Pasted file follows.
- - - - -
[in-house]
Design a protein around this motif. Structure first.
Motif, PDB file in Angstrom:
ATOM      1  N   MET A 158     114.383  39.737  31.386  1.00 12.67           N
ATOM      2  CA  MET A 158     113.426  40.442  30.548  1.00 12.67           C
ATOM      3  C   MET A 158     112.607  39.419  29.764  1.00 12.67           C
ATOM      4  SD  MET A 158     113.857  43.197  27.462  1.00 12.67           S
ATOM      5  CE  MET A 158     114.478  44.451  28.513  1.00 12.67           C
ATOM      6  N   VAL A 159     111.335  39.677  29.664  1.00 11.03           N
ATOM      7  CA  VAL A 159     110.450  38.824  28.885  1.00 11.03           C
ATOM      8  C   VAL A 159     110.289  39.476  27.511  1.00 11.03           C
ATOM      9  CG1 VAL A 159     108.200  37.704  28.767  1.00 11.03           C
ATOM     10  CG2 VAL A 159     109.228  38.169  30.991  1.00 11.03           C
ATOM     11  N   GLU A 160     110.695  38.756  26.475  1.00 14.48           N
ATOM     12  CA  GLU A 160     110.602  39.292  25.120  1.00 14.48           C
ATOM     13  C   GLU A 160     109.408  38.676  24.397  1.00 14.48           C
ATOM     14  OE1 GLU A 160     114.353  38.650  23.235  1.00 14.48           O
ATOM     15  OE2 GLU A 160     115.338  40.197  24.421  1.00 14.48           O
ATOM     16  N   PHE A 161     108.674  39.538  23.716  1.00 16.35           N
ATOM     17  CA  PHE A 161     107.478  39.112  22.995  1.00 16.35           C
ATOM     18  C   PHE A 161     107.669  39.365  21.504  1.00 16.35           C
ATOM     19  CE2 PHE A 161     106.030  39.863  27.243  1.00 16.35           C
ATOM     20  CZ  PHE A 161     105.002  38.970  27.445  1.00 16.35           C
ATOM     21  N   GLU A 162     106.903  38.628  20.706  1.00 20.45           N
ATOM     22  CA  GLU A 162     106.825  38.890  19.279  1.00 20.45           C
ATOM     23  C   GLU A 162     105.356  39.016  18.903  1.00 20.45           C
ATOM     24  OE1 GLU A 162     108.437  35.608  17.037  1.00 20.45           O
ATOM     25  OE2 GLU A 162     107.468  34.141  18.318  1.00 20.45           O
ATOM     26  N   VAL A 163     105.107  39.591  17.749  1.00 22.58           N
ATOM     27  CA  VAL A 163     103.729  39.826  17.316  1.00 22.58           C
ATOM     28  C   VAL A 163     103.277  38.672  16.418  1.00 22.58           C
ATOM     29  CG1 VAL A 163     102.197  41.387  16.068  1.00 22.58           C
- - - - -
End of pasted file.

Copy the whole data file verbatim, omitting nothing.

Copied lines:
[in-house]
Design a protein around this motif. Structure first.
Motif, PDB file in Angstrom:
ATOM      1  N   MET A 158     114.383  39.737  31.386  1.00 12.67           N
ATOM      2  CA  MET A 158     113.426  40.442  30.548  1.00 12.67           C
ATOM      3  C   MET A 158     112.607  39.419  29.764  1.00 12.67           C
ATOM      4  SD  MET A 158     113.857  43.197  27.462  1.00 12.67           S
ATOM      5  CE  MET A 158     114.478  44.451  28.513  1.00 12.67           C
ATOM      6  N   VAL A 159     111.335  39.677  29.664  1.00 11.03           N
ATOM      7  CA  VAL A 159     110.450  38.824  28.885  1.00 11.03           C
ATOM      8  C   VAL A 159     110.289  39.476  27.511  1.00 11.03           C
ATOM      9  CG1 VAL A 159     108.200  37.704  28.767  1.00 11.03           C
ATOM     10  CG2 VAL A 159     109.228  38.169  30.991  1.00 11.03           C
ATOM     11  N   GLU A 160     110.695  38.756  26.475  1.00 14.48           N
ATOM     12  CA  GLU A 160     110.602  39.292  25.120  1.00 14.48           C
ATOM     13  C   GLU A 160     109.408  38.676  24.397  1.00 14.48           C
ATOM     14  OE1 GLU A 160     114.353  38.650  23.235  1.00 14.48           O
ATOM     15  OE2 GLU A 160     115.338  40.197  24.421  1.00 14.48           O
ATOM     16  N   PHE A 161     108.674  39.538  23.716  1.00 16.35           N
ATOM     17  CA  PHE A 161     107.478  39.112  22.995  1.00 16.35           C
ATOM     18  C   PHE A 161     107.669  39.365  21.504  1.00 16.35           C
ATOM     19  CE2 PHE A 161     106.030  39.863  27.243  1.00 16.35           C
ATOM     20  CZ  PHE A 161     105.002  38.970  27.445  1.00 16.35           C
ATOM     21  N   GLU A 162     106.903  38.628  20.706  1.00 20.45           N
ATOM     22  CA  GLU A 162     106.825  38.890  19.279  1.00 20.45           C
ATOM     23  C   GLU A 162     105.356  39.016  18.903  1.00 20.45           C
ATOM     24  OE1 GLU A 162     108.437  35.608  17.037  1.00 20.45           O
ATOM     25  OE2 GLU A 162     107.468  34.141  18.318  1.00 20.45           O
ATOM     26  N   VAL A 163     105.107  39.591  17.749  1.00 22.58           N
ATOM     27  CA  VAL A 163     103.729  39.826  17.316  1.00 22.58           C
ATOM     28  C   VAL A 163     103.277  38.672  16.418  1.00 22.58           C
ATOM     29  CG1 VAL A 163     102.197  41.387  16.068  1.00 22.58           C